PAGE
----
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If you are a parent, teacher, coach, or other caregiver working with youth, you have probably provided care, even if you didn’t know it at the time, for at least one young person who identifies as transgender or gender diverse. ‘Gender diverse’ is an umbrella term for the broad spectrum of words communicating that a person’s identification, presentation, or perception of gender differs from the sex assigned to them at birth and from surrounding gender norms.
I am the parent of a young adult who first identified openly as transgender at 18 years old. However, my child self-identified as transgender a few years before sharing this with close friends and family. This means that, for a few years, I had a loving, engaged, and deeply connected experience parenting a person I did not know identified as transgender.
I am also the Kidpower California Program Director and have been teaching social safety skills for people of all ages, abilities, and life situations with Kidpower since 1994 – longer than I’ve been a parent.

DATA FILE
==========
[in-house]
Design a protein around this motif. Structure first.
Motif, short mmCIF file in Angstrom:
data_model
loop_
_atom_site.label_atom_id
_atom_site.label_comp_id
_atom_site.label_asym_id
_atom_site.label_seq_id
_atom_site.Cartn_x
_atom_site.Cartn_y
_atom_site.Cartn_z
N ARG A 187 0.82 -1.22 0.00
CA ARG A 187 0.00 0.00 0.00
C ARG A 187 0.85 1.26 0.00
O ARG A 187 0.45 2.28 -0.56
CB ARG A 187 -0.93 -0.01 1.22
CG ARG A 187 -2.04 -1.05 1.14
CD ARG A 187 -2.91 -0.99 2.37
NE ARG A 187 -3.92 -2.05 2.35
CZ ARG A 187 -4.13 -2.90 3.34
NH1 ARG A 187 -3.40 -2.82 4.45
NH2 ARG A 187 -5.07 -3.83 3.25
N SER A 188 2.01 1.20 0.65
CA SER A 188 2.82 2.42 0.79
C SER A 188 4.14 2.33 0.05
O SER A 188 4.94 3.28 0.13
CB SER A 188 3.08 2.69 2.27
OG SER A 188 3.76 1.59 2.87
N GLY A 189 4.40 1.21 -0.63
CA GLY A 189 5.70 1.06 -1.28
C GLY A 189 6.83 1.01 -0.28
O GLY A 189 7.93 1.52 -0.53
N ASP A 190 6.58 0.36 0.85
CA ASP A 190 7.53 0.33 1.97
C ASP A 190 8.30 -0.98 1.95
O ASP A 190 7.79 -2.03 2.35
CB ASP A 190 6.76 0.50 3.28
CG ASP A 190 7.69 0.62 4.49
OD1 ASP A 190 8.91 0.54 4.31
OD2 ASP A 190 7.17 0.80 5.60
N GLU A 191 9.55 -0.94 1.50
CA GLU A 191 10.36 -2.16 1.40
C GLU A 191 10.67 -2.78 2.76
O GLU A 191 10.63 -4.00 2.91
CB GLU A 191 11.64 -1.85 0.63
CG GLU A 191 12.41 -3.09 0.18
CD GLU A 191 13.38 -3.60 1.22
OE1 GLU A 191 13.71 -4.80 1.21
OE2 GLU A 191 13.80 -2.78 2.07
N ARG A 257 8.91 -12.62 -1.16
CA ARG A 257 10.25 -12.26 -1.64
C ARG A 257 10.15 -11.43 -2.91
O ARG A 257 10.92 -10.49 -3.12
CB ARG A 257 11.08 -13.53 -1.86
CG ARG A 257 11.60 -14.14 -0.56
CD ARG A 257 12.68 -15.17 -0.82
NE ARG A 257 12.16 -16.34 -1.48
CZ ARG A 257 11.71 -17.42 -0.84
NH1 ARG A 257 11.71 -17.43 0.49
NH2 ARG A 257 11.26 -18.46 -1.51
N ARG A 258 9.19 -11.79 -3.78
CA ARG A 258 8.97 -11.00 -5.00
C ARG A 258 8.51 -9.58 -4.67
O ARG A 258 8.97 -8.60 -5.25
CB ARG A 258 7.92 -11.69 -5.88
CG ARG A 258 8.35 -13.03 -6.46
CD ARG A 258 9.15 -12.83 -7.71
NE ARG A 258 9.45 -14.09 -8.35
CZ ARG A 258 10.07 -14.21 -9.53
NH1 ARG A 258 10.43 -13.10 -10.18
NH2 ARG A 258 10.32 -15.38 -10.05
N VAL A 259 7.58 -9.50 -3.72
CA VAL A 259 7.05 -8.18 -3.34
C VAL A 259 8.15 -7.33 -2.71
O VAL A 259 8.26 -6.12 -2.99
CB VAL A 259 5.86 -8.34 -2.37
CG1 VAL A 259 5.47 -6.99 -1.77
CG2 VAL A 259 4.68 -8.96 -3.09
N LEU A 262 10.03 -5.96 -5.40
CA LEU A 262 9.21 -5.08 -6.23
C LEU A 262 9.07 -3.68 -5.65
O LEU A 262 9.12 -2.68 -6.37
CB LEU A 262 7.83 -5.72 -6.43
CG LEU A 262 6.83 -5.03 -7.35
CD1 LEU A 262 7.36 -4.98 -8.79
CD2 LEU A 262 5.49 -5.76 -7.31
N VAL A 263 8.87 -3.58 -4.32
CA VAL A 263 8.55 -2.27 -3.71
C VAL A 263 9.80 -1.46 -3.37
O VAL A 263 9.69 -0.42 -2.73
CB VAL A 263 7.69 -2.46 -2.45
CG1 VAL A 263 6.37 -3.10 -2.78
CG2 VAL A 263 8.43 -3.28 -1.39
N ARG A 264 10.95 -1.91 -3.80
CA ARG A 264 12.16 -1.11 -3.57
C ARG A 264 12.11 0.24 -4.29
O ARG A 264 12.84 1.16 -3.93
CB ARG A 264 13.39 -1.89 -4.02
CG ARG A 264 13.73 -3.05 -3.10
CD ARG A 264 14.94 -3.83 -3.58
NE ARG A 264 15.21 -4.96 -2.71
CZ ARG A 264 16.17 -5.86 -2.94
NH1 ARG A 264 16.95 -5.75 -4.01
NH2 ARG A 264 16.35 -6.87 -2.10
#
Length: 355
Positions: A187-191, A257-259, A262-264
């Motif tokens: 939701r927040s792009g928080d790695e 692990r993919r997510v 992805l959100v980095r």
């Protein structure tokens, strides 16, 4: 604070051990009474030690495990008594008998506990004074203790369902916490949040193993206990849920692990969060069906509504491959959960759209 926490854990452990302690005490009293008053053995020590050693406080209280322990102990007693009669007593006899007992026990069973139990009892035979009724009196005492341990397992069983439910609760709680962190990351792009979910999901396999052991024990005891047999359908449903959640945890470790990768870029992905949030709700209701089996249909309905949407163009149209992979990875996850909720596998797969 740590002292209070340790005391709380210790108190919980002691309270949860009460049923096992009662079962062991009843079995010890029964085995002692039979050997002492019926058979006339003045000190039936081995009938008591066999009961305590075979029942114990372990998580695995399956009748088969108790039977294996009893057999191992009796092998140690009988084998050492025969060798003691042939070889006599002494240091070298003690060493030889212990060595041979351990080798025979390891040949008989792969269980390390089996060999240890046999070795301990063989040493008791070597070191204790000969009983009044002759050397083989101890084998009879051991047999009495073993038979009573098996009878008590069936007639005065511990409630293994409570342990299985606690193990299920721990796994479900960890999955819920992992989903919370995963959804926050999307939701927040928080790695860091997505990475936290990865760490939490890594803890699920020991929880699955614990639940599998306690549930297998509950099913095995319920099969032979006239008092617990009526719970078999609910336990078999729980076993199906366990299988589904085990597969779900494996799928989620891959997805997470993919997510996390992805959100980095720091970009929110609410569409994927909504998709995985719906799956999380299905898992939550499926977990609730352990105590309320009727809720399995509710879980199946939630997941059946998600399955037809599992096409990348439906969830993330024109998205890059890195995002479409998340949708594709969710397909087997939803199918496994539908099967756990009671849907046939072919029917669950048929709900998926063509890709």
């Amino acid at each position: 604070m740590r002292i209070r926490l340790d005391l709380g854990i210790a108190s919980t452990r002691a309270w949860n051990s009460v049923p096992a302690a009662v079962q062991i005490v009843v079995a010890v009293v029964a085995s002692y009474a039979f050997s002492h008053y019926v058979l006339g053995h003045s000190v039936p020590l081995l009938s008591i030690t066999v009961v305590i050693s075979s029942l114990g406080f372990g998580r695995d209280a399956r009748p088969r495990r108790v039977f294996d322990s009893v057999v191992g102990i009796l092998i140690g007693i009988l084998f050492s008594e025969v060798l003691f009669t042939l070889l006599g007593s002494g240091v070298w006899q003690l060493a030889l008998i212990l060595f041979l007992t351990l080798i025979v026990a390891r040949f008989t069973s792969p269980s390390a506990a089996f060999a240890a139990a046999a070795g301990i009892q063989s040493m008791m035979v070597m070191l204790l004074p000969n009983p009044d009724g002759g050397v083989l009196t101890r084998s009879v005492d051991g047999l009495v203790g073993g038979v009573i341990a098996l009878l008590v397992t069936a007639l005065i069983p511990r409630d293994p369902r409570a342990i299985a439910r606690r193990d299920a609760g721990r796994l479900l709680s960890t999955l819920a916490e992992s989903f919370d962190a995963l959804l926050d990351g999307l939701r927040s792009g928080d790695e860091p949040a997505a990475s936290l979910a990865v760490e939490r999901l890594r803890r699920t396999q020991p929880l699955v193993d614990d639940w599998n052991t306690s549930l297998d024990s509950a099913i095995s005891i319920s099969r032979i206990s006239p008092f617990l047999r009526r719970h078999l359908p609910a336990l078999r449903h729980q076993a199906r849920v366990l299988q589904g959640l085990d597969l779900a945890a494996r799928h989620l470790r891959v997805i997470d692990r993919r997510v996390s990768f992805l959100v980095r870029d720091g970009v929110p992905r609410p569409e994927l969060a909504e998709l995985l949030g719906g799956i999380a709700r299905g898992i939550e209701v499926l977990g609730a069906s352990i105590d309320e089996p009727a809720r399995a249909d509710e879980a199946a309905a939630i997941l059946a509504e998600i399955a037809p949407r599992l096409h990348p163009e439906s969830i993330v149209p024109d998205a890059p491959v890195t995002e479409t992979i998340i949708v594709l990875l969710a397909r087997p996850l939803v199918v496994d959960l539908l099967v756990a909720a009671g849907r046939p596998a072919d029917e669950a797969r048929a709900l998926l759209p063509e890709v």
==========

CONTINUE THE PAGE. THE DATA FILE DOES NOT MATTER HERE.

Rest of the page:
Learning more about my own child’s experience of gender led me to look more closely at the vulnerability of transgender and gender diverse (TGD) people overall to bullying, harassment, and abuse. Unfortunately, transgender youth and adults experience bullying, cyberbullying, sexual abuse, physical violence, self-harm, and suicidal thoughts at significantly higher rates than people who are cisgender – that is, people whose gender identity is more aligned with the gender commonly associated with their biological sex. Ever-growing research shows that people who are gender diverse – even if they don’t identify as transgender – experience higher rates of these harms, too.
My years with Kidpower meant I looked at the vulnerability of TGD people to harm through a Kidpower lens. From that perspective, I’m sharing a few lessons from my personal journey. It’s a never-ending learning experience that continues to introduce me to people, information, and concepts that help to uncover my own biases and misconceptions and improve my effectiveness as a safety instructor for people of all ages and identities. It’s also helped me feel more prepared to support emotional and physical safety in many ways in my personal and professional lives.
My individual experience is just my own – everyone’s experience is different, including the experiences of other Kidpower community members with TGD loved ones. I am sharing my own here simply because, if it inspires others to learn more about gender diversity and apply their learning in their own personal and professional lives – especially with youth – then countless TGD people could be safer from bullying, harassment, identity-based attack, abuse, and other violence.